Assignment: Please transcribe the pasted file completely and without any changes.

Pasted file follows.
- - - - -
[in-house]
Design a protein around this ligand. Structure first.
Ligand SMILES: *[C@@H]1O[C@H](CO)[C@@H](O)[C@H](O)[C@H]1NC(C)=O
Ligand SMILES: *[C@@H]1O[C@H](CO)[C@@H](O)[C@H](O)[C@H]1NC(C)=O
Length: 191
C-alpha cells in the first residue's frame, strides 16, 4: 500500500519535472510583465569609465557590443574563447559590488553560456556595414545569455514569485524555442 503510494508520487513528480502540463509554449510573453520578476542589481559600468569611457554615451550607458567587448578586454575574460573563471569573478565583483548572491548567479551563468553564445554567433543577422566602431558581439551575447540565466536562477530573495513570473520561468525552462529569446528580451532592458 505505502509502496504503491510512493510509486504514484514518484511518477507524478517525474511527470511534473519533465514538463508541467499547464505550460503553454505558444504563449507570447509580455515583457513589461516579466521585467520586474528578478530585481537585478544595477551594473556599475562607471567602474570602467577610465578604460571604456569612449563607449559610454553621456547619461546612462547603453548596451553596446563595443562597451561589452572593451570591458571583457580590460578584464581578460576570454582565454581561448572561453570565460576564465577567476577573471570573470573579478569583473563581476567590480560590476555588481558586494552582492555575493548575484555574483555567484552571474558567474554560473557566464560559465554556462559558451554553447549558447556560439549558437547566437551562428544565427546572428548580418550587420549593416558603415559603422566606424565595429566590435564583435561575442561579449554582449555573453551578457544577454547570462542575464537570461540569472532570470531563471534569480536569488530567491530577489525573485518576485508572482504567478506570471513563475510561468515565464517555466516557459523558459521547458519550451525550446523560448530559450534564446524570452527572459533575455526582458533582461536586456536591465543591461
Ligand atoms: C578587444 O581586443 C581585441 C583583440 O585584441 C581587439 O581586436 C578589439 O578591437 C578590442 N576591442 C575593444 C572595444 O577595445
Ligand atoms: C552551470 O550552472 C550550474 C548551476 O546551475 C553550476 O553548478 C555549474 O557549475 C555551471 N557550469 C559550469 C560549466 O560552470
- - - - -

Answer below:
[in-house]
Design a protein around this ligand. Structure first.
Ligand SMILES: *[C@@H]1O[C@H](CO)[C@@H](O)[C@H](O)[C@H]1NC(C)=O
Ligand SMILES: *[C@@H]1O[C@H](CO)[C@@H](O)[C@H](O)[C@H]1NC(C)=O
Length: 191
C-alpha cells in the first residue's frame, strides 16, 4: 500500500519535472510583465569609465557590443574563447559590488553560456556595414545569455514569485524555442 503510494508520487513528480502540463509554449510573453520578476542589481559600468569611457554615451550607458567587448578586454575574460573563471569573478565583483548572491548567479551563468553564445554567433543577422566602431558581439551575447540565466536562477530573495513570473520561468525552462529569446528580451532592458 505505502509502496504503491510512493510509486504514484514518484511518477507524478517525474511527470511534473519533465514538463508541467499547464505550460503553454505558444504563449507570447509580455515583457513589461516579466521585467520586474528578478530585481537585478544595477551594473556599475562607471567602474570602467577610465578604460571604456569612449563607449559610454553621456547619461546612462547603453548596451553596446563595443562597451561589452572593451570591458571583457580590460578584464581578460576570454582565454581561448572561453570565460576564465577567476577573471570573470573579478569583473563581476567590480560590476555588481558586494552582492555575493548575484555574483555567484552571474558567474554560473557566464560559465554556462559558451554553447549558447556560439549558437547566437551562428544565427546572428548580418550587420549593416558603415559603422566606424565595429566590435564583435561575442561579449554582449555573453551578457544577454547570462542575464537570461540569472532570470531563471534569480536569488530567491530577489525573485518576485508572482504567478506570471513563475510561468515565464517555466516557459523558459521547458519550451525550446523560448530559450534564446524570452527572459533575455526582458533582461536586456536591465543591461
Ligand atoms: C578587444 O581586443 C581585441 C583583440 O585584441 C581587439 O581586436 C578589439 O578591437 C578590442 N576591442 C575593444 C572595444 O577595445
Ligand atoms: C552551470 O550552472 C550550474 C548551476 O546551475 C553550476 O553548478 C555549474 O557549475 C555551471 N557550469 C559550469 C560549466 O560552470